The theory behind yoga nidra is that as you are led through a series of steps, starting with relaxing different parts of the body, observing the breath and finally working with visualization, quite naturally you flow into the alpha wave, which relaxes the nervous system and reduces your stress.

What I love about this yoga practice is that anybody can do it. You don’t need to be fit or flexible. You just need a comfortable spot to lie down. You can do it in bed, or if you are at work seated in a chair with your eyes closed.

Join me in taking deep rest with this yoga nidra we recorded recently with my husband and fellow yogi John Weddepohl at Inhale Life in Sydney. The nidra is accompanied by the sound of singing bowls played by yoga teacher Romina DiFederico.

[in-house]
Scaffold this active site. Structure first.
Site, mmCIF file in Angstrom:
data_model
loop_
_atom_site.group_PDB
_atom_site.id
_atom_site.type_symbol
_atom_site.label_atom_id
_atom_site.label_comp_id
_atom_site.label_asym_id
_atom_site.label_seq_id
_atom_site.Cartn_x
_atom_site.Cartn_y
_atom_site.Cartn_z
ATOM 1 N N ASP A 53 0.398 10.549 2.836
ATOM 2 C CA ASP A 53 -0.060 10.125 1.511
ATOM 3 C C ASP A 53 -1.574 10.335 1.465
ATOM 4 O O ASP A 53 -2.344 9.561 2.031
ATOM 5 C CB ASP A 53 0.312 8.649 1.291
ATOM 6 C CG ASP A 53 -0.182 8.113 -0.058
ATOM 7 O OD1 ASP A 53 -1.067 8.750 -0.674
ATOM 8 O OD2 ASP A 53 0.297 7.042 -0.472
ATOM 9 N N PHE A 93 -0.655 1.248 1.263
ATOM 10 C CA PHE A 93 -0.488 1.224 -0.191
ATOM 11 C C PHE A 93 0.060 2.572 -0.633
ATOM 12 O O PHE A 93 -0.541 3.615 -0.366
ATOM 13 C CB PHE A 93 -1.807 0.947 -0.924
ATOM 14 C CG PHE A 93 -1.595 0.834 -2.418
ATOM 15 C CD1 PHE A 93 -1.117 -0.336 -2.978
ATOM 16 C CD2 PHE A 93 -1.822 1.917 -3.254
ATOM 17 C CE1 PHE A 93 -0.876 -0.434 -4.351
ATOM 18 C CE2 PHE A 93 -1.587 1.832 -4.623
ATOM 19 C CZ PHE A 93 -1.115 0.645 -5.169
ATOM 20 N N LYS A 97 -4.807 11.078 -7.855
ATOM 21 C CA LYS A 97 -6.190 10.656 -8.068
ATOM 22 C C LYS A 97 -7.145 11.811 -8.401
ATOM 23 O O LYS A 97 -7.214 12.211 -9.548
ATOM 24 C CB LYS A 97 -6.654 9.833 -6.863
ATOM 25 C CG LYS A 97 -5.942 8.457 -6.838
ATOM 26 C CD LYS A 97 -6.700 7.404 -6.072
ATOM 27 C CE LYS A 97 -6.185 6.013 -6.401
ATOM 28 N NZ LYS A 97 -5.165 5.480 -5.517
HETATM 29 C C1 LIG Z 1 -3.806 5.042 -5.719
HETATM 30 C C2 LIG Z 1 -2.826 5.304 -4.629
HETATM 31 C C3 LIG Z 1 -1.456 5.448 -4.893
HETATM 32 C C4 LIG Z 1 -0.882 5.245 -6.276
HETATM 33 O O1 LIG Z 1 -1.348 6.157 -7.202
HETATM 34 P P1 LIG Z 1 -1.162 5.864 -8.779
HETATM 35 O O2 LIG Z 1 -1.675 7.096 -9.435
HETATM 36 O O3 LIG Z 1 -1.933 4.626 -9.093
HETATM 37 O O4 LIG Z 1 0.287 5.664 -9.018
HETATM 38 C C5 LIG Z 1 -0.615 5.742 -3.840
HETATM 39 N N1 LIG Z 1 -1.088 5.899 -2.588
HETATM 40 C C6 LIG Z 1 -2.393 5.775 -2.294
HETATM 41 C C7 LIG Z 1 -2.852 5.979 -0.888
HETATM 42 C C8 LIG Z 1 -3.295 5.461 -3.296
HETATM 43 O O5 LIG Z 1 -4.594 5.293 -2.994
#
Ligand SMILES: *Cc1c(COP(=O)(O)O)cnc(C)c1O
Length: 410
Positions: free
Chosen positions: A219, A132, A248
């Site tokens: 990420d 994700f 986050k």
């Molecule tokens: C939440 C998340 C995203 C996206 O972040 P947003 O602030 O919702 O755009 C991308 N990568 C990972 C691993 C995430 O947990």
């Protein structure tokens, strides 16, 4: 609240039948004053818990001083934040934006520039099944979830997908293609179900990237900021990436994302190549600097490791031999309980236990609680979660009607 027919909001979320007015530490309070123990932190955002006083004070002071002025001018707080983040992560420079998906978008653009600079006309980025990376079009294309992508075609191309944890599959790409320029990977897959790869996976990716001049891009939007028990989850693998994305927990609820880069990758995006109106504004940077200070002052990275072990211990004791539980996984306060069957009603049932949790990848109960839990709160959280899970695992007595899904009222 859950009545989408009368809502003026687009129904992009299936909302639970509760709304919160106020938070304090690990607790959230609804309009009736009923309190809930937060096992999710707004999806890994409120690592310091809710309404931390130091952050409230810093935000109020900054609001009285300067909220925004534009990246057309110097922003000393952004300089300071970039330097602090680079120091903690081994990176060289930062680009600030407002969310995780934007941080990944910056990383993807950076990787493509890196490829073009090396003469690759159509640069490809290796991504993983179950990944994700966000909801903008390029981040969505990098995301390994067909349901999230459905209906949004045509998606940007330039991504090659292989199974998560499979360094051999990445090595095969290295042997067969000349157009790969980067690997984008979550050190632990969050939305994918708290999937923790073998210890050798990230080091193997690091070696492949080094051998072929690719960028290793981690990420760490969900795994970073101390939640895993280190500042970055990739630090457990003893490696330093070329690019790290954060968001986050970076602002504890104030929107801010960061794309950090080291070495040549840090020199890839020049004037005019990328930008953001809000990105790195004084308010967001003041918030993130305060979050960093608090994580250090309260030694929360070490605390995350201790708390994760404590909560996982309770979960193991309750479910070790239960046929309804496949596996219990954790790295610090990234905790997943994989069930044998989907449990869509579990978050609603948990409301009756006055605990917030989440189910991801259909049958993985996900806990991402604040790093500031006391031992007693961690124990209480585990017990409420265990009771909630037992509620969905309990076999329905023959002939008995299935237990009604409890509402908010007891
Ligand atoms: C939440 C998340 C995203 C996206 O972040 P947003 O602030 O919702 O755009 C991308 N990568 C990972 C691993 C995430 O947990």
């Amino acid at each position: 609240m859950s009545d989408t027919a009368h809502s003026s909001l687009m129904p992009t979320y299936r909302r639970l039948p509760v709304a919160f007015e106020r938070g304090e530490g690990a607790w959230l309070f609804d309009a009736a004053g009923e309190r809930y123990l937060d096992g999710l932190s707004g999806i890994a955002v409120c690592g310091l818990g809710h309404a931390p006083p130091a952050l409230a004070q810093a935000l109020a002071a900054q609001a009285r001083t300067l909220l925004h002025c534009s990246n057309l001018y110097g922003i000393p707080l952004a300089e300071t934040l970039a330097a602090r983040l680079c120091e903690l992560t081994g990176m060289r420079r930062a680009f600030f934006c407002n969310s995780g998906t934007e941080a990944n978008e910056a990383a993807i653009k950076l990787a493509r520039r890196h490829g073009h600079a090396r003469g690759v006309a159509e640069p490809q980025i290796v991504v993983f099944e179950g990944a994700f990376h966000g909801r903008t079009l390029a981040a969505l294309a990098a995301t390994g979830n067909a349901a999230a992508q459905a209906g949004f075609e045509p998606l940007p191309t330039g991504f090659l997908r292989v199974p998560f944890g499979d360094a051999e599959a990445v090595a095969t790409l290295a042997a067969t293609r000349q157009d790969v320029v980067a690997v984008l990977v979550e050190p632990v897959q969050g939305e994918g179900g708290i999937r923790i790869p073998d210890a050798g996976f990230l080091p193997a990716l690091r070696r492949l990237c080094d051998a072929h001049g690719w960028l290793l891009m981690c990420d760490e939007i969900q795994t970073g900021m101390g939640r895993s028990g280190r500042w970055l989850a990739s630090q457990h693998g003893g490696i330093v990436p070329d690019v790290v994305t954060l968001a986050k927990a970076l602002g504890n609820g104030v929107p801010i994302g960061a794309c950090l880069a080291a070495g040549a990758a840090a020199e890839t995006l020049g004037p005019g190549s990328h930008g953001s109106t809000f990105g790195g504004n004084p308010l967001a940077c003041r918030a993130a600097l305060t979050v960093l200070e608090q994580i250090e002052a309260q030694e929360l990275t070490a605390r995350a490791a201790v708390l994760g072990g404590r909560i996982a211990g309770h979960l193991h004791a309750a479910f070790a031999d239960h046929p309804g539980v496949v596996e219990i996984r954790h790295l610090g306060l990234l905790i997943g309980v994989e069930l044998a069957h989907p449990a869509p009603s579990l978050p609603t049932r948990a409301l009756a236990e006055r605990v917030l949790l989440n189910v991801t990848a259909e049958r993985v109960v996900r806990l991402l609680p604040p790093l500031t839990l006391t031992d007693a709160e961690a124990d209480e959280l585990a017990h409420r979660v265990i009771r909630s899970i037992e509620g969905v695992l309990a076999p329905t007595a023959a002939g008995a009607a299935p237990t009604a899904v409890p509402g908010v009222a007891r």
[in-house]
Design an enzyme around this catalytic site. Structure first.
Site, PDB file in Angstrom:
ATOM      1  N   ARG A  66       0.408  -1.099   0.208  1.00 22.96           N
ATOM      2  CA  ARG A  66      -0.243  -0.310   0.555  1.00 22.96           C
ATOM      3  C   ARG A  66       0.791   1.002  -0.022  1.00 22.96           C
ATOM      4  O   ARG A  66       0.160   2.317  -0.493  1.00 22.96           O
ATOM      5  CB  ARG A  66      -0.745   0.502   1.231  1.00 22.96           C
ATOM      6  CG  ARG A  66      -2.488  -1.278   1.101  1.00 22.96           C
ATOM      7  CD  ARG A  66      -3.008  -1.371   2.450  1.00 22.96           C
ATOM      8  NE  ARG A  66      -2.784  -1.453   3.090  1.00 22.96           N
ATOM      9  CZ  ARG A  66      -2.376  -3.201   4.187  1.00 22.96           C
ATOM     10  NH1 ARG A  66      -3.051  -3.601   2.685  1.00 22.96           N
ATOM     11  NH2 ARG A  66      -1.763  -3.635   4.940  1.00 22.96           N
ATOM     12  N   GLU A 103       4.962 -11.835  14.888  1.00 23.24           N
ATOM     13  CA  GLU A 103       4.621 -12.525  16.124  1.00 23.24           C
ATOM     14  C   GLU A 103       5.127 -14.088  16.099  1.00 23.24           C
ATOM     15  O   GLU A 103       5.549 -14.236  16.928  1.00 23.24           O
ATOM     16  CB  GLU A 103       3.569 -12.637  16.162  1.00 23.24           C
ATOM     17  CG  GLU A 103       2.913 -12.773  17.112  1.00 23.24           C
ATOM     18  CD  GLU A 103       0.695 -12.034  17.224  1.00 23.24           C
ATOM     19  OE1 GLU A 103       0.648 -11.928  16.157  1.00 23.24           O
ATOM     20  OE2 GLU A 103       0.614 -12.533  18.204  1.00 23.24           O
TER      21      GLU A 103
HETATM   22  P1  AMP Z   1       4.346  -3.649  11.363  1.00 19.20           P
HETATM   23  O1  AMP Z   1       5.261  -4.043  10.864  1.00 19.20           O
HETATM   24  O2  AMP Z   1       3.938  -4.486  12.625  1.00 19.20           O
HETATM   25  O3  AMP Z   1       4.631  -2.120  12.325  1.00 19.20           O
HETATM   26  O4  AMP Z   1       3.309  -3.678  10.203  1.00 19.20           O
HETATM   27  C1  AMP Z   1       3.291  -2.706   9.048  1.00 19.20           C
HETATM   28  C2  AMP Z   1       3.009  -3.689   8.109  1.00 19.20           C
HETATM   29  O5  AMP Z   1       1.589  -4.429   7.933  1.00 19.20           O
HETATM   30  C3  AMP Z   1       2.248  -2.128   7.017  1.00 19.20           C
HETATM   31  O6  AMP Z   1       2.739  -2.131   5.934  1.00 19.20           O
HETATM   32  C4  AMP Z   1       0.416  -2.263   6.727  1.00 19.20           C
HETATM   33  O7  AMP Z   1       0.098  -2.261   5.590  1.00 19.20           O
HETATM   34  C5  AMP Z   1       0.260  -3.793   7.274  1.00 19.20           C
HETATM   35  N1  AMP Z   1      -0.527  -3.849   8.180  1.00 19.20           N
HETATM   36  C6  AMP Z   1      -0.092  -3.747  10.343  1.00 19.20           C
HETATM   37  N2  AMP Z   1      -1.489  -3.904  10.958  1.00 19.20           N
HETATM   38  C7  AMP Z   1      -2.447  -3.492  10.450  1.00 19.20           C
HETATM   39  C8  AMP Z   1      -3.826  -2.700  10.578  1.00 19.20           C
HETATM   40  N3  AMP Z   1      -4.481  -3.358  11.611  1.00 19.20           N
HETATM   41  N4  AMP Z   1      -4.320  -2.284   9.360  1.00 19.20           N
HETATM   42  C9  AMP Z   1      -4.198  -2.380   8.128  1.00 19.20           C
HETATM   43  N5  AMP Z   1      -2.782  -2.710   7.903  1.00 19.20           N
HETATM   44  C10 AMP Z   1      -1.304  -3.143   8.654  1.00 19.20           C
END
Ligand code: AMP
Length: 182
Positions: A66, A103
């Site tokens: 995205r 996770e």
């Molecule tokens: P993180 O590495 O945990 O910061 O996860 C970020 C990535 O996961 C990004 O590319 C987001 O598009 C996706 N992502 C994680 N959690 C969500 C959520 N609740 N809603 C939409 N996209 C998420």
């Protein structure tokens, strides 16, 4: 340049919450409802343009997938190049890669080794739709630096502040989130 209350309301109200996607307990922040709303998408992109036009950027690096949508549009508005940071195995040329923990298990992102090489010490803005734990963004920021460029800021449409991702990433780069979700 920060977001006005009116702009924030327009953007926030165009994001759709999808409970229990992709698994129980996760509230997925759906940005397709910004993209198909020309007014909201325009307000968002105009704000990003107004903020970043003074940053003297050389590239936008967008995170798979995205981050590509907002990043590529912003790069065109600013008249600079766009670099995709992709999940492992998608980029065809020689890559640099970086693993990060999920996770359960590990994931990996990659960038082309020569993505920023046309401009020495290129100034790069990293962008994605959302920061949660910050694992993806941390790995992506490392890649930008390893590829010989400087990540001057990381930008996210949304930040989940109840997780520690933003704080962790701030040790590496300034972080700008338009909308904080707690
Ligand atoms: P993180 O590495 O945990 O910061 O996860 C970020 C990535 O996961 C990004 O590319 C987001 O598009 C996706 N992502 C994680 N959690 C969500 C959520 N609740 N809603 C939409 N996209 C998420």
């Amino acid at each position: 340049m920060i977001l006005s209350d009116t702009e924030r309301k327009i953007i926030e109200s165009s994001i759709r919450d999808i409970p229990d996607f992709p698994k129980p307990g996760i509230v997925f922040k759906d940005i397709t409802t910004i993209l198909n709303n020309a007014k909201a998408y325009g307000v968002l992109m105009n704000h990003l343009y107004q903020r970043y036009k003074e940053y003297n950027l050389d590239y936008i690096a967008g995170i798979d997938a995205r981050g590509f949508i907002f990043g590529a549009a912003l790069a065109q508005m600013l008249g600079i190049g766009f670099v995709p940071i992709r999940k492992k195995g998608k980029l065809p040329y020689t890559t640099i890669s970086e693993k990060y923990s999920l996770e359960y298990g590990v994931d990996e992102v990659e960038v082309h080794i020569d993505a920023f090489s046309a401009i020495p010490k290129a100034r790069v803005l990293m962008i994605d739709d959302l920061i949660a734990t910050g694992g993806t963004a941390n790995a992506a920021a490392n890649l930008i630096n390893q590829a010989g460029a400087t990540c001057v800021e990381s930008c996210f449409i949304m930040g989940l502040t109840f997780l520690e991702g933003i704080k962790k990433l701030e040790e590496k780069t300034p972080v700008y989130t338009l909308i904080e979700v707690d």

Start the practice by lying on your back.

Have your arms and legs slightly away from the body, palms facing upwards, feet relaxed and open.

Turn the head gently from side to side until it rests in the center.

If your chin juts up towards the sky, place a blanket underneath your head.

Relax completely.

Don’t worry about the breath or what the body is doing.

Feel how effortless it is to lie here.

10 awesome ways to get back your yoga mojo

If you’re like me you’ve probably spat the dummy on more than one occasion when it comes to living with diabetes. From feeling like you just can’t take another finger prick to wanting to consume the fridge, it can feel insurmountable.

When I was in total denial it was easy for me to ‘forget’ about my diabetes. But that only lasted for so long. Neuropathy was my cold hard slap in the face. As a yoga teacher I didn’t  want to lose the feeling in my hands and feet. I rely on that sensitivity.

Losing your diabetes management mojo is totally understandable. But what about your yoga mojo? Like when you tried yoga, loved it, signed up for that 6 week course and then somehow didn’t keep going.